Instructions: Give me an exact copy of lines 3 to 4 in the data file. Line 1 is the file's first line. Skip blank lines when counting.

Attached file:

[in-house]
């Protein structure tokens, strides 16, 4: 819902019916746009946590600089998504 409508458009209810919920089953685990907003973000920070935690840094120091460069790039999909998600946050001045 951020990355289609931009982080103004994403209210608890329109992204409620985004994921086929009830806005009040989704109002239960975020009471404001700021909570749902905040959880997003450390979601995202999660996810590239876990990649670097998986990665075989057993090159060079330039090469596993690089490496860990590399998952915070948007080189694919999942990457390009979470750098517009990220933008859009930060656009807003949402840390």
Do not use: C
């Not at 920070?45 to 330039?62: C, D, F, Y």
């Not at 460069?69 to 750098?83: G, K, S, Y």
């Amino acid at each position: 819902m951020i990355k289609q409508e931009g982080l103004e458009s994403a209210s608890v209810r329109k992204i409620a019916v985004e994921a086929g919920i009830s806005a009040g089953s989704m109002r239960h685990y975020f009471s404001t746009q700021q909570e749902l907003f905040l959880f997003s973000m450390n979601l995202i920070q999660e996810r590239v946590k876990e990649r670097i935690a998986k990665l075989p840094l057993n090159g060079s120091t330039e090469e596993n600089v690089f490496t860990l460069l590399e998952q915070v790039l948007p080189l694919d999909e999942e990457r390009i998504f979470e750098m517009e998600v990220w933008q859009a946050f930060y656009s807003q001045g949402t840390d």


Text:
Do not use: C
């Not at 920070?45 to 330039?62: C, D, F, Y």